BOTW: 2020.02.07

The latest and greatest free chess engines, Magnus aces an endgame test, and an online bullet match between two Canadian women's Olympiad teammates are this week's Best of the Web...


Stockfish 11

For years, Stockfish has been the strongest publicly-available chess engine, and it remains the strongest CPU chess engine. Version 11 was released January 18, 2020, and can be downloaded here.

Open-source, and constantly updated by contributors from around the world, Stockfish continues to improve, with 18 functional changes since version 11. If you want the absolutely most up-to-date version, download from the development version page.

Make sure you get the right version, as Stockfish is available for Windows, Android, Linux, and Mac.

Note: recent intel CPUs run best on the Haswell builds, while AMDs run faster on the "modern computers" builds. 

 Leela Chess Zero

Originally an attempt to replicate the stunning play of Google Deep Mind's AlphaZero program, Leela is now the strongest chess engine available, consistenly beating all versions of Stockfish in 1 vs 1 events. With millions of self-play games contributing to its latest nets, Leela continues to improve. Like Stockfish, Leela is also open-source and freeware, and a top-notch analyst. However, just like AlphaZero, Leela is a neural-net engine, and requires highly parallelized processing that only GPUs can provide, with an Nvidia GTX at a minimum and an Nvidia RTX being by far the fastest. 

The Lc0 website has recently been updated, and includes a wider variety of links and more user-friendly introductions to help choose and set up the version of Leela for your likes and hardware.


  • because Leela requires a CUDA-supporting GPU to function even close to its potential, there are no versions of it for Mac or Android.
  • Lc0 is an attempt to duplicate the "zero human knowledge" input of AlphaZero. It has succeeded at this, but has not exactly duplicated some of AlphaZero's most outstanding moves. Because of Lc0's success, and some of its very idiosyncratic failures -- such as "trolling" opponents by sacrificing pieces in endgames when it could play shorter forced mates -- the Lc0 project has splintered into many not-quite-zero alternatives, such as "Leelenstein" and "Bad Gyal" and "Fat Fritz", each of which attempts to combine Leela with the developer's own ideas, with varying degrees of success. You can find links to some of those versions from the Lc0 website, and you can follow online competitions between the top engines and their variants here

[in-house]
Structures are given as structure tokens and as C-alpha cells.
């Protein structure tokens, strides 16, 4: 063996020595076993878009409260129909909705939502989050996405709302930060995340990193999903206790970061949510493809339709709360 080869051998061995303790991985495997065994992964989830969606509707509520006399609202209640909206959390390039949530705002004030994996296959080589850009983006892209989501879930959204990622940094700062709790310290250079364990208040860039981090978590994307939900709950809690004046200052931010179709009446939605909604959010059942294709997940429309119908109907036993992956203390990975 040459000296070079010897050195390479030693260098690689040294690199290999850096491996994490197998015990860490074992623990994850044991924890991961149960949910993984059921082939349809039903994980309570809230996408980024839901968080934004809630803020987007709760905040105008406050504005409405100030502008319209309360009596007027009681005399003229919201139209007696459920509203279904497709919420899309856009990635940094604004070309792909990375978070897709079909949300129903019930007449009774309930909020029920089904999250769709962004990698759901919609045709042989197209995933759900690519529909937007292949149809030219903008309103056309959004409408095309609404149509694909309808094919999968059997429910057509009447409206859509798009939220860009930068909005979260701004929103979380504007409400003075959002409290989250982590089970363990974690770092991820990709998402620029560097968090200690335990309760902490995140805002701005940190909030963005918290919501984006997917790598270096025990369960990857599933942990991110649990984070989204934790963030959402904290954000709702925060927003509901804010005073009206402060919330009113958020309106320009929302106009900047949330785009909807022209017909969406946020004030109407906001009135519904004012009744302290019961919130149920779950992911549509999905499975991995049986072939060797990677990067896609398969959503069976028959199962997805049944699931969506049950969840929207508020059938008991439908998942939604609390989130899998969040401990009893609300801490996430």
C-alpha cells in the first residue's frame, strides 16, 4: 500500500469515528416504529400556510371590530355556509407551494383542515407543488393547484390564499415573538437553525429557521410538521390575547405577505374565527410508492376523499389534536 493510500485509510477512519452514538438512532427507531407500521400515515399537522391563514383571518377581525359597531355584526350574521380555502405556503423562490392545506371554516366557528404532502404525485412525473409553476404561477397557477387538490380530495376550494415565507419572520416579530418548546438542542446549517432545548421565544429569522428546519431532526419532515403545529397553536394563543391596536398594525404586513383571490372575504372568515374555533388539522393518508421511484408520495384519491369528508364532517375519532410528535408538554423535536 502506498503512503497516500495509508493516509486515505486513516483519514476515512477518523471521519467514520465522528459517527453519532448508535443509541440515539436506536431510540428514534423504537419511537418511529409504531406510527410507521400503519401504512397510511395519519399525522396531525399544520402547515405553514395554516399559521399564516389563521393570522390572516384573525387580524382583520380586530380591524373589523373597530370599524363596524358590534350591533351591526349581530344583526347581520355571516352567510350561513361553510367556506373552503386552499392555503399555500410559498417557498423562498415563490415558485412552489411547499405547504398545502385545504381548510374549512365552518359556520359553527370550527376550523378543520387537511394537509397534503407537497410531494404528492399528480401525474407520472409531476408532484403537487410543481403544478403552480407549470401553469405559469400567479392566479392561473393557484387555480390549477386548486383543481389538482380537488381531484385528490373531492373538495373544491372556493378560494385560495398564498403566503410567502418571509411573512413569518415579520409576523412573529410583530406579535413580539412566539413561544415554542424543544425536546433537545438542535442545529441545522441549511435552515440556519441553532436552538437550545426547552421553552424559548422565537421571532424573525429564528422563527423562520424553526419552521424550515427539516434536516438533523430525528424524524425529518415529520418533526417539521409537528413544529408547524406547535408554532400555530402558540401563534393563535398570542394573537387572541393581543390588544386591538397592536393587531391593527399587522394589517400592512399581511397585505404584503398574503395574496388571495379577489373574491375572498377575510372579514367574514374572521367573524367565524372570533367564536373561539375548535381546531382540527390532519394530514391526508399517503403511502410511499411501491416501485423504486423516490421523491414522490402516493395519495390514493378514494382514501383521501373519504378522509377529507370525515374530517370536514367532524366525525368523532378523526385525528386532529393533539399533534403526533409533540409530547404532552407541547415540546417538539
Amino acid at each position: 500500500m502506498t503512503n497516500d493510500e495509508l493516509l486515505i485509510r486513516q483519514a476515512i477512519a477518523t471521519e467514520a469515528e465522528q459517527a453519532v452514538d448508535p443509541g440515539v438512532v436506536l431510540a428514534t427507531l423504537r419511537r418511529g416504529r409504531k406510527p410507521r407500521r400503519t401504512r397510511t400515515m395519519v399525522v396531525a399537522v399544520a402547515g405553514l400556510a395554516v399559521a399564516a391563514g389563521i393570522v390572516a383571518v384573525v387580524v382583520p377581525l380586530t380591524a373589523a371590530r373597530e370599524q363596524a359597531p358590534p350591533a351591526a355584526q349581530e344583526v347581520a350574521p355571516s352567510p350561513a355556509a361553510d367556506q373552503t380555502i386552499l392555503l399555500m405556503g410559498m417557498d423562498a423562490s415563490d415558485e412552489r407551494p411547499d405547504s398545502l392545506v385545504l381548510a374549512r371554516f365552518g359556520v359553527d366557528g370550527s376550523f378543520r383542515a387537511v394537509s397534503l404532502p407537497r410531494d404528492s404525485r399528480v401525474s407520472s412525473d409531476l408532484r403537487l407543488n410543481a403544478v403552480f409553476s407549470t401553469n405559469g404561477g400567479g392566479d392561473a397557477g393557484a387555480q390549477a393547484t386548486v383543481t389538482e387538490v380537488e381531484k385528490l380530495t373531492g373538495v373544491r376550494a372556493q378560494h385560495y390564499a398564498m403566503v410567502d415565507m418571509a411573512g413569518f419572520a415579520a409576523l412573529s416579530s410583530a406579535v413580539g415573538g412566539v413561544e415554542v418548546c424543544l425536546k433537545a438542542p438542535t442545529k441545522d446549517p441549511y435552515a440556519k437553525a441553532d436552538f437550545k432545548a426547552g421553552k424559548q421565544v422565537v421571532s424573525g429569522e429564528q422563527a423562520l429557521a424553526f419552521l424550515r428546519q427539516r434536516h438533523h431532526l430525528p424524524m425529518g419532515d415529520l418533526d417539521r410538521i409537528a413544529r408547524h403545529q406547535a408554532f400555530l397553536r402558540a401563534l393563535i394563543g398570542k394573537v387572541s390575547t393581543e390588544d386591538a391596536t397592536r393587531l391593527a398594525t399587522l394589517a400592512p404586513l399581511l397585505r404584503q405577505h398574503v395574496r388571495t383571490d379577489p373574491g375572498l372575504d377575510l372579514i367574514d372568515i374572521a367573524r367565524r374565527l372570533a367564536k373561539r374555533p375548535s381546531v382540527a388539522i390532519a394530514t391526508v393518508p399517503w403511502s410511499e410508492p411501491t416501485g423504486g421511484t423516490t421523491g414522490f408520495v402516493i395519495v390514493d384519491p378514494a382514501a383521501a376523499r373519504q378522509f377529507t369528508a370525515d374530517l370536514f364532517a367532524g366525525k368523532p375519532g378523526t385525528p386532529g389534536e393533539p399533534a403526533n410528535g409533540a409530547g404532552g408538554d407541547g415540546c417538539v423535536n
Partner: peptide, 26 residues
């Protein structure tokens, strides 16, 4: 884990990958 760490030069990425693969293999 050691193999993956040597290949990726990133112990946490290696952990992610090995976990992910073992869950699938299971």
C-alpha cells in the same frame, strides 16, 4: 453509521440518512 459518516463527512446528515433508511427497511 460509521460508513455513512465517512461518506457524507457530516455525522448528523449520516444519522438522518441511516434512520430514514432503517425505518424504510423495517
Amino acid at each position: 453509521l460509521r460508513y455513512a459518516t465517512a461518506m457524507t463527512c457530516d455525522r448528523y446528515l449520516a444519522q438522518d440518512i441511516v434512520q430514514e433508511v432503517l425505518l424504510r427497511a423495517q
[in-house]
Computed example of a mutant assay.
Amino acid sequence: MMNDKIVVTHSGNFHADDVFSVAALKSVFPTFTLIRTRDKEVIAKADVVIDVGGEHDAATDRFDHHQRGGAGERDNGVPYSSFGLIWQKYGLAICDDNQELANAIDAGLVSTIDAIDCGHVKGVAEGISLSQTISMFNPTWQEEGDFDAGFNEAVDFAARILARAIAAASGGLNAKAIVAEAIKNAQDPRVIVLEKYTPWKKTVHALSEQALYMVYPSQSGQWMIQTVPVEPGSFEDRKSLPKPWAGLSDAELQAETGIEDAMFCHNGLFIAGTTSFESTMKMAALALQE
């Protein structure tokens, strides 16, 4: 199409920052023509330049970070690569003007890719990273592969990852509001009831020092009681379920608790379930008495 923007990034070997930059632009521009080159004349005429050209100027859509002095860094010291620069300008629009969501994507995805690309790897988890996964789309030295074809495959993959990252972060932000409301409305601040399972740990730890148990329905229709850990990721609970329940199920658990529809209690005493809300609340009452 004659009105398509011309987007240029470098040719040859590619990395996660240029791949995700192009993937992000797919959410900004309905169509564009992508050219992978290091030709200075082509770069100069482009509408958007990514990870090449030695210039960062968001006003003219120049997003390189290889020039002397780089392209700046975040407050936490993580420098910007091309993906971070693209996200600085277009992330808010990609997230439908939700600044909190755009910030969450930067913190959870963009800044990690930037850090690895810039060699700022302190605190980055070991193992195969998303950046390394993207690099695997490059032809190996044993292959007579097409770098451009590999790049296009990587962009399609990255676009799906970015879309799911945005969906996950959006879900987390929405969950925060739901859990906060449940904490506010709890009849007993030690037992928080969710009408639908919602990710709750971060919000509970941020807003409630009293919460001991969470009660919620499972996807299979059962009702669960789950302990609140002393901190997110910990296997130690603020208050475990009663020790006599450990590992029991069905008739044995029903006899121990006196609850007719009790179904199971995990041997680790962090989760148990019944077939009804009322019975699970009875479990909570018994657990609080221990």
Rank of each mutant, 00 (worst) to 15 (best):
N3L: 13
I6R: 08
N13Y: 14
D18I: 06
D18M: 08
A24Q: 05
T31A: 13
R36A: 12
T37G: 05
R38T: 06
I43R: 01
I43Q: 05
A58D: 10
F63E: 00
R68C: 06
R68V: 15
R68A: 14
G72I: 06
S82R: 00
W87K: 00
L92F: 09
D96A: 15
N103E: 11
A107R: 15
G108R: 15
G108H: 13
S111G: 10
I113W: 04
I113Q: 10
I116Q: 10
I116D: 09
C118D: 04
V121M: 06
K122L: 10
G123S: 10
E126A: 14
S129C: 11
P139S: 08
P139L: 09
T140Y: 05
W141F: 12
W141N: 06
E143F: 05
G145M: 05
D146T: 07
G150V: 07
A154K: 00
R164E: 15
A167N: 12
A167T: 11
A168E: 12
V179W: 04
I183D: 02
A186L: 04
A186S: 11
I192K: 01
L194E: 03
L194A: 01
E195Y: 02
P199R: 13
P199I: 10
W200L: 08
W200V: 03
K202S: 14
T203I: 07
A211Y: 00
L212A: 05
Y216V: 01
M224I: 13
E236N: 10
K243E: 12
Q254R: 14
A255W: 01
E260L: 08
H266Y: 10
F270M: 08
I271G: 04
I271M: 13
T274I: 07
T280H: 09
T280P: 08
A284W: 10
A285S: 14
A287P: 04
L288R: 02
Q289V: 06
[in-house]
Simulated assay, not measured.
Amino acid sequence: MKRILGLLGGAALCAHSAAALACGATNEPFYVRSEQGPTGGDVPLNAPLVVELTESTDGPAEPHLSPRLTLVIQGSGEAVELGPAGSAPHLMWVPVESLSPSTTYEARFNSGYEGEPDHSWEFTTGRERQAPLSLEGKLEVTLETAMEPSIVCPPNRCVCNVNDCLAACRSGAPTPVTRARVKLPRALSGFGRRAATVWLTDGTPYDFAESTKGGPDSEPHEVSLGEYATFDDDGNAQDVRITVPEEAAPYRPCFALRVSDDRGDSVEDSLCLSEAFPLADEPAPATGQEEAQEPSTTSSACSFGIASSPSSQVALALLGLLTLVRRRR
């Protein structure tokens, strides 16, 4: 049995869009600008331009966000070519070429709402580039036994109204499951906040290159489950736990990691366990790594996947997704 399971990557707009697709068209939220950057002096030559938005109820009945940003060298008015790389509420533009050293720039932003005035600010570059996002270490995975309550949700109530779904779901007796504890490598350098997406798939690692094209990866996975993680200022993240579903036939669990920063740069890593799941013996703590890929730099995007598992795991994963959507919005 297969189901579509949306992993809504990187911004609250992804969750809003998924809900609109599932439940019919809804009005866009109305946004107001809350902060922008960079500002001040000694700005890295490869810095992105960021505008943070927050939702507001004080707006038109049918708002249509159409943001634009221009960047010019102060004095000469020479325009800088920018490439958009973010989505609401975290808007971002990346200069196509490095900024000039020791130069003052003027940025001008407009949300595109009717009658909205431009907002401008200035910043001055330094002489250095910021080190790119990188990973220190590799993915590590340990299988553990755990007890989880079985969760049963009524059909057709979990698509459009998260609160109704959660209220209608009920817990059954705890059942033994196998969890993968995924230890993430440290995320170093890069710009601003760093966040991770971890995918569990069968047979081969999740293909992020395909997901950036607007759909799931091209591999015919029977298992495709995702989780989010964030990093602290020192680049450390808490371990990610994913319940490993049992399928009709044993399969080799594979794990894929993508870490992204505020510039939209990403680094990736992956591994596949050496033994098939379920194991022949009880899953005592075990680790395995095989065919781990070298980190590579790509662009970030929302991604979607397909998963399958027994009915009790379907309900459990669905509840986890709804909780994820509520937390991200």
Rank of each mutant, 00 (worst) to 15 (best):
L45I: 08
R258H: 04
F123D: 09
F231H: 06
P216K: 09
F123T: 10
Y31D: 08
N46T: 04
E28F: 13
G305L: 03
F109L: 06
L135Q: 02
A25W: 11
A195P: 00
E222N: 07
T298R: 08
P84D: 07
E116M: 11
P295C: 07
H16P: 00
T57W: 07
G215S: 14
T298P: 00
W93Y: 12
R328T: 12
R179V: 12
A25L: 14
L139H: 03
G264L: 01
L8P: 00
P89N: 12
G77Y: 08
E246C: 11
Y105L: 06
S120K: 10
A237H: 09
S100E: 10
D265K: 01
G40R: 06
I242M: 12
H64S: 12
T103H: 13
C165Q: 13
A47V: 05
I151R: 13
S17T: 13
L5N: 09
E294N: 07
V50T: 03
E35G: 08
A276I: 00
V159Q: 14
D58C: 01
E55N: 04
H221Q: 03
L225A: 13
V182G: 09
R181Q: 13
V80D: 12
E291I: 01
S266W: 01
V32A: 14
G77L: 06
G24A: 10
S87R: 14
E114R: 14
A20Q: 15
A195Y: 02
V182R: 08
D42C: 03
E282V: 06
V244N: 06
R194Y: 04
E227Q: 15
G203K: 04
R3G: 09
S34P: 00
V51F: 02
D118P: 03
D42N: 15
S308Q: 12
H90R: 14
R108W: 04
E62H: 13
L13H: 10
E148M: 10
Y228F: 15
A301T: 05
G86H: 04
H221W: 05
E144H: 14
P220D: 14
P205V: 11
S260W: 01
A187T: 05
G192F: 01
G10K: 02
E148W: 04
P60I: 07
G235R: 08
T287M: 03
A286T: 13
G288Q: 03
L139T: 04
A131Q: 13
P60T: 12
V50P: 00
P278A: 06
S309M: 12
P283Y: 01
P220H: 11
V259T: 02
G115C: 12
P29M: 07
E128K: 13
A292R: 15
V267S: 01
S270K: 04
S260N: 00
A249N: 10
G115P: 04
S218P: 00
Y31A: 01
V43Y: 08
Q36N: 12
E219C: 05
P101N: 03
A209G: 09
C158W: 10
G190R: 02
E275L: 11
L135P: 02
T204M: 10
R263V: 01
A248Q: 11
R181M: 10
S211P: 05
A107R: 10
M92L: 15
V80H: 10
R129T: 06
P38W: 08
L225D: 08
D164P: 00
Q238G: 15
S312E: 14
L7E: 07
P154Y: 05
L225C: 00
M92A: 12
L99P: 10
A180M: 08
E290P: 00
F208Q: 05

Magnus Aces Endgame Test

Last year, Magnus Carlsen bought chess24 and entered a business deal with Chessable, the online "spaced repetition" chess learning site. To promote the Chessable version of "100 Endgames You Must Know" -- the well-reviewed 2016 New in Chess book by GM Jesus de la Villa -- Magnus took the course's 26-question intro test and explained his answers to IM John Bartholomew in a 31 min video, which you can watch here.  

Magnus was nearly perfect at the test -- of course -- but that's hardly the reason to watch the video. You can enjoy this as both an endgame refresher -- hit the pause button before MC starts to talk aloud through his answers -- or just as a chance to hear the world's best player explain his thinking. 

You might notice how often Magnus choose an "alternative" solution to the one accepted in the Chessable course -- an annoying but common problem in Chessable for anyone (like me) who thinks that knowing/finding one winning continuation is enough in these technical positions. Second, notice how often Magnus doesn't know the names of the principles or maneuvers that IM Bartholomew and the Chessable course use. The point here is not that Magnus or Chessable is right or wrong -- finding the right moves is the most important thing, and they both get this right -- but it shows that the world's best player thinks about endgames in a way that is different from the way one of the world's most successful endgame books teaches them. 


Botez vs Zhou -- Bullet (Re)match

Saturday, February 8, 2020. 6:30pm EST.

WFM Alexandra Botez has become a full-time twitch streamer since moving to NYC last year. Recently, she introduced matches against other female players, most recently against WFM Anna Cramling. This weekend, Alex plays a first-to-ten online bullet match against Canadian Olympiad teammate FM Qiyu Zhou. Commentary by NM John Williams.

This is an accelerated rematch, after Qiyu won their 3+0 match 10-0 (!!) in December. Despite that earlier result, Alex is the favourite at a 1m + 0s time control: not only does she play it regularly, but Qiyu cannot be in top form as she prepares for her U of T midterms.

Note: Alexandra now streams with her sister Andrea on a new twitch stream name and link:

photo: commentator GM Aman Hambleton and Qiyu Zhou react to Alexandra haning a piece in their match. QZ took it and won, en route to a 10-0 adoption.